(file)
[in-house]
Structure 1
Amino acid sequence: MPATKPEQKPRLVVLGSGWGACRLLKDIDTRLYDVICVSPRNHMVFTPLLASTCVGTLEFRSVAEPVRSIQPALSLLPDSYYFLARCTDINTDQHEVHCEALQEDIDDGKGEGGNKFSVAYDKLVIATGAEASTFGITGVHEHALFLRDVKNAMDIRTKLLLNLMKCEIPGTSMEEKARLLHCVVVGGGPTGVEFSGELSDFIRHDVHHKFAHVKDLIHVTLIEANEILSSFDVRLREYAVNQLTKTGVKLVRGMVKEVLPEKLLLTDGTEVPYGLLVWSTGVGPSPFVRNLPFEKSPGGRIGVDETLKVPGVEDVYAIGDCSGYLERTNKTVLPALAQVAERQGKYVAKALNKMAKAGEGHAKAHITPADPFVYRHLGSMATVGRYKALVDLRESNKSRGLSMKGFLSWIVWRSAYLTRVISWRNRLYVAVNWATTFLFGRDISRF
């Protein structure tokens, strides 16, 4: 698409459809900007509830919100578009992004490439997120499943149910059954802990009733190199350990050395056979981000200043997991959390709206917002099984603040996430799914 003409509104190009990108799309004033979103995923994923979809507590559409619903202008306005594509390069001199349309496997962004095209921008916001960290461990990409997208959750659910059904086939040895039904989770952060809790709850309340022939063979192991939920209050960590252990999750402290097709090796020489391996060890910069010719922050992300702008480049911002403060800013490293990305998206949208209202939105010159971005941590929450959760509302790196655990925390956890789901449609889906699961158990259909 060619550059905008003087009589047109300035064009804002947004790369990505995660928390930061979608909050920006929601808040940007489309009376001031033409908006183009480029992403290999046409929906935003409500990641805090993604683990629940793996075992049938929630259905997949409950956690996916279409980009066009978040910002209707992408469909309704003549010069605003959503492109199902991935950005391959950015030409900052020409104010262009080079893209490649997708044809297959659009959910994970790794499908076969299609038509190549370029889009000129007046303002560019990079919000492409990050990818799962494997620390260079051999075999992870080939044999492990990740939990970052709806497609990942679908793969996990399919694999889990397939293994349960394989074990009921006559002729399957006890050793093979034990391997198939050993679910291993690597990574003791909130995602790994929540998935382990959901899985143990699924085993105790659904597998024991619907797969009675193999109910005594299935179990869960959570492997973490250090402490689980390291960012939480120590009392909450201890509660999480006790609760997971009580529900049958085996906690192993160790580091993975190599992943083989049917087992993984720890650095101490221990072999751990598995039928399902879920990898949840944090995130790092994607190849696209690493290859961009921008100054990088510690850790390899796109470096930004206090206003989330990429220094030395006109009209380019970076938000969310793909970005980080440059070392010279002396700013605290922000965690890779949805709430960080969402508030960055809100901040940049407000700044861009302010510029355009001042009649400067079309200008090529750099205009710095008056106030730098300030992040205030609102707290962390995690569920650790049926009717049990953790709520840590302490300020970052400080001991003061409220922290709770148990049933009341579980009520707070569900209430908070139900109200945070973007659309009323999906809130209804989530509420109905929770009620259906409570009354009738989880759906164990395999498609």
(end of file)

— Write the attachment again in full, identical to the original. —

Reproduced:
[in-house]
Structure 1
Amino acid sequence: MPATKPEQKPRLVVLGSGWGACRLLKDIDTRLYDVICVSPRNHMVFTPLLASTCVGTLEFRSVAEPVRSIQPALSLLPDSYYFLARCTDINTDQHEVHCEALQEDIDDGKGEGGNKFSVAYDKLVIATGAEASTFGITGVHEHALFLRDVKNAMDIRTKLLLNLMKCEIPGTSMEEKARLLHCVVVGGGPTGVEFSGELSDFIRHDVHHKFAHVKDLIHVTLIEANEILSSFDVRLREYAVNQLTKTGVKLVRGMVKEVLPEKLLLTDGTEVPYGLLVWSTGVGPSPFVRNLPFEKSPGGRIGVDETLKVPGVEDVYAIGDCSGYLERTNKTVLPALAQVAERQGKYVAKALNKMAKAGEGHAKAHITPADPFVYRHLGSMATVGRYKALVDLRESNKSRGLSMKGFLSWIVWRSAYLTRVISWRNRLYVAVNWATTFLFGRDISRF
């Protein structure tokens, strides 16, 4: 698409459809900007509830919100578009992004490439997120499943149910059954802990009733190199350990050395056979981000200043997991959390709206917002099984603040996430799914 003409509104190009990108799309004033979103995923994923979809507590559409619903202008306005594509390069001199349309496997962004095209921008916001960290461990990409997208959750659910059904086939040895039904989770952060809790709850309340022939063979192991939920209050960590252990999750402290097709090796020489391996060890910069010719922050992300702008480049911002403060800013490293990305998206949208209202939105010159971005941590929450959760509302790196655990925390956890789901449609889906699961158990259909 060619550059905008003087009589047109300035064009804002947004790369990505995660928390930061979608909050920006929601808040940007489309009376001031033409908006183009480029992403290999046409929906935003409500990641805090993604683990629940793996075992049938929630259905997949409950956690996916279409980009066009978040910002209707992408469909309704003549010069605003959503492109199902991935950005391959950015030409900052020409104010262009080079893209490649997708044809297959659009959910994970790794499908076969299609038509190549370029889009000129007046303002560019990079919000492409990050990818799962494997620390260079051999075999992870080939044999492990990740939990970052709806497609990942679908793969996990399919694999889990397939293994349960394989074990009921006559002729399957006890050793093979034990391997198939050993679910291993690597990574003791909130995602790994929540998935382990959901899985143990699924085993105790659904597998024991619907797969009675193999109910005594299935179990869960959570492997973490250090402490689980390291960012939480120590009392909450201890509660999480006790609760997971009580529900049958085996906690192993160790580091993975190599992943083989049917087992993984720890650095101490221990072999751990598995039928399902879920990898949840944090995130790092994607190849696209690493290859961009921008100054990088510690850790390899796109470096930004206090206003989330990429220094030395006109009209380019970076938000969310793909970005980080440059070392010279002396700013605290922000965690890779949805709430960080969402508030960055809100901040940049407000700044861009302010510029355009001042009649400067079309200008090529750099205009710095008056106030730098300030992040205030609102707290962390995690569920650790049926009717049990953790709520840590302490300020970052400080001991003061409220922290709770148990049933009341579980009520707070569900209430908070139900109200945070973007659309009323999906809130209804989530509420109905929770009620259906409570009354009738989880759906164990395999498609």